With end of the financial year fast approaching, it’s time to undertake a final review of your super to ensure that you have maximised your tax and retirement benefits for the 2021-22 year.
What should you be considering in terms of superannuation prior to 30 June 2022?
1. Maximise super contributions
Ensure that you have maximised your annual concessional (tax deductible) and non-concessional (undeducted or after-tax) super contributions. The following tables summarise the contribution caps for the current financial year.
- This cap is inclusive of any 10% compulsory employer contributions made on your behalf (note this is set to increase to 10.5% from 1 July 2022).
- Those earning more than $250,000 will pay an additional 15% contributions tax on their concessional contributions.
- If you are aged 67 and over, you need to satisfy a work test of gainful (paid) employment of at least 40 hours in a consecutive 30-day period during the financial year in order to be eligible to contribute to superannuation. Note, from 1 July 2022, this work test will be abolished for those salary sacrificing. For those making personal concessional contributions, the work test will still apply.
- If you are over age 75, only mandated or compulsory super guarantee contributions are permitted.
|67 to 74||$110,000|
- For those under age 67, the non-concessional contribution caps listed are based on the annual non-concessional cap (i.e. $110,000 for 2021/22) brought forward over 3 years and would only be applicable for those people that have not exceeded their annual non-concessional contribution cap in the prior 2 financial years. Also, from 1 July 2022, the 3 year bring forward rule will be extended to those aged 67 to 74.
- If you are aged 67 and over, you need to satisfy a work test of gainful (paid) employment of at least 40 hours in a consecutive 30 day period during the financial year in order to be eligible to contribute to superannuation, but from 1 July 2022, this work test required for those aged 67 to 74 will be abolished. .
- If you are over age 75, non-concessional contributions are not permitted
- Individuals with total superannuation balances of $1.7m or more on 1 July 2021 are not eligible to make non-concessional contributions to superannuation this financial year.
- From 1 July 2019, individuals aged 67 to 74 years with total superannuation balances below $300,000 can make voluntary contributions to their superannuation for 12 months from the end of the financial year in which they last met the work test.
Note, your super contribution will not be counted for this financial year unless the payment is received by your super fund prior to 30 June 2022. So, prepare to make final contributions by 26 June 2022 at the latest.
2. Review your salary sacrifice agreement
Review your salary sacrifice agreement to ensure that you have maximised your salary sacrifice superannuation contributions for the 2021-22 financial year. If you do not have an agreement in place, then consider establishing an agreement with your employer for the 2022-23 financial year. From 1 July 2022, your salary sacrifice agreement will need to take into account that the super guarantee rate will increase from 10% to 10.5%.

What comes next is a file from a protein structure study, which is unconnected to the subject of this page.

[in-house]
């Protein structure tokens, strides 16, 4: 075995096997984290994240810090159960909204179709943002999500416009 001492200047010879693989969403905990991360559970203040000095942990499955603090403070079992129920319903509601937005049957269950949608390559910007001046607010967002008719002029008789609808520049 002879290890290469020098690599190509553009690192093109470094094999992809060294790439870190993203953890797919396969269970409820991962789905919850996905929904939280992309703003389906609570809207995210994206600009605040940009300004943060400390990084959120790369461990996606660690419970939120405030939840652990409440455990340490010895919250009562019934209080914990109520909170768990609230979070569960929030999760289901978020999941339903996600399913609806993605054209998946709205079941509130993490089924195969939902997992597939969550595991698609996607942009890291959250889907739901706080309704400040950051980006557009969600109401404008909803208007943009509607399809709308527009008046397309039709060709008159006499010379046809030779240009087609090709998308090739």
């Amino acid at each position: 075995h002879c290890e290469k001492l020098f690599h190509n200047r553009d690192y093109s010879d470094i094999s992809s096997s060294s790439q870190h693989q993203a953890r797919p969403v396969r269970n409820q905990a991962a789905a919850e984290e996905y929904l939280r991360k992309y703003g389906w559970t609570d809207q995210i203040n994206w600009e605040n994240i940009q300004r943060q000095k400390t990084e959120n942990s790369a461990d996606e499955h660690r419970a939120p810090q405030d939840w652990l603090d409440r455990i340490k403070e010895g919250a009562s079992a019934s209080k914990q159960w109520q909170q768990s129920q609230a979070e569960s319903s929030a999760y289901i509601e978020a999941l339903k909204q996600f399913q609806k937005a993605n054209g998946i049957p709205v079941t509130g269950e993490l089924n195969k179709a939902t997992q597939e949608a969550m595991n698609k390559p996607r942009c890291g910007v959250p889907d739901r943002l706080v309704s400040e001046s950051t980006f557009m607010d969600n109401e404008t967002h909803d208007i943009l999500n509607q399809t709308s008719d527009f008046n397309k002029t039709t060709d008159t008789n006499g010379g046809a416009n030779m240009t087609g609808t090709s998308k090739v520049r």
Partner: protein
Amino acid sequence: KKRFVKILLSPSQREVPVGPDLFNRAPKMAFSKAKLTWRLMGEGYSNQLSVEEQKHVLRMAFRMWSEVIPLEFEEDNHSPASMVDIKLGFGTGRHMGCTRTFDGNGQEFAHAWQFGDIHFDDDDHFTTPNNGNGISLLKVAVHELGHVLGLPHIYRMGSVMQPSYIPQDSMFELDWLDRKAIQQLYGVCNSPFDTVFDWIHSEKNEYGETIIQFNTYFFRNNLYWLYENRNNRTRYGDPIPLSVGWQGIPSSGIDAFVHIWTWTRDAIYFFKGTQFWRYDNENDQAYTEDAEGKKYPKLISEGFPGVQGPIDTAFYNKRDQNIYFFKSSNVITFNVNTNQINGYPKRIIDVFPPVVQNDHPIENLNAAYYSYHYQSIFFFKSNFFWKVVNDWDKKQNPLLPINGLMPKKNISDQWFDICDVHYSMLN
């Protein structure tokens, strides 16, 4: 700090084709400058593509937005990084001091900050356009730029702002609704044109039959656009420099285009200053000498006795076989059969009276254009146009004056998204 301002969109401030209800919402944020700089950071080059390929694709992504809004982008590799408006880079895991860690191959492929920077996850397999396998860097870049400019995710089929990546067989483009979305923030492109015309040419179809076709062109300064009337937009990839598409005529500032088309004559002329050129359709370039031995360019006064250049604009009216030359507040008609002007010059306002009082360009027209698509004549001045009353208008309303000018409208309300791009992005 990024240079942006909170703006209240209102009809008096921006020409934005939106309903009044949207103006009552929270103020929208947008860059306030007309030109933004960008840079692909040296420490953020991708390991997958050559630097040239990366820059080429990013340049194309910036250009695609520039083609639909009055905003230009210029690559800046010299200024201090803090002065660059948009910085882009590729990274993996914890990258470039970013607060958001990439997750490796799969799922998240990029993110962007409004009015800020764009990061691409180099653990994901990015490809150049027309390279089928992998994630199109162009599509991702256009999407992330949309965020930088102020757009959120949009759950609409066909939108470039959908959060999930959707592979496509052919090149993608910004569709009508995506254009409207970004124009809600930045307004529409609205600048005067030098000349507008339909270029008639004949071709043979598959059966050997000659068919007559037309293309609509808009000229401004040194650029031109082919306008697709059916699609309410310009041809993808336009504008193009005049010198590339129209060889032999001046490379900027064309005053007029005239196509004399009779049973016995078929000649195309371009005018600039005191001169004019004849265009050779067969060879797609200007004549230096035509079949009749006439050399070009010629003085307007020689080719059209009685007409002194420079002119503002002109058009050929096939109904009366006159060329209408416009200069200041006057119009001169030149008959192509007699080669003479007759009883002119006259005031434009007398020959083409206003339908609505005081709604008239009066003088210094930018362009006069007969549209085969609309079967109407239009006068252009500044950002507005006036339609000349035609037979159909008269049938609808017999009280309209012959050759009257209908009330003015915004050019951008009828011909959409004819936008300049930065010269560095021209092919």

3. Personal concessional contributions for employees and self-employed
Those self-employed, or only receiving investment income should consider making a personal concessional super contribution to reduce their taxable income. Employees are also eligible to make personal concessional contributions in addition to contributions made on their behalf by their employer, provided their total concessional contributions from all sources (including super guarantee) does not exceed $27,500.
If you are eligible to make a concessional contribution in which you are able to claim a tax deduction, then you need to ensure that you have notified your super fund in writing of your intention to claim a tax deduction and you should also ensure that you receive an acknowledgment of your intention from your super fund. Without the notice and acknowledgment, your claim for a tax deduction for your personal contributions will be invalid.
4. Carry-forward your concessional contributions cap
Since 1 July 2018, you can roll forward any unused concessional contributions cap for five years (after which they expire). So, if you don’t use the full amount of your concessional contributions cap in any year, you can always carry-forward the unused amount and take advantage of it up to five years later. This is provided your total super balance is less than $500,000 on 30 June of the previous financial year.
The 2018-19 year was the first financial year where you can access unused concessional contributions. So, if you have less than $500,000 in superannuation as at 1 July 2021 and have never made any concessional contributions from 1 July 2018, you may be eligible to make a concessional contribution of up $102,500 in the 2021-22 year.
For those with higher than usual income this year, this can be a useful strategy to offset this income provided they have unused cap available and are eligible to make the contribution.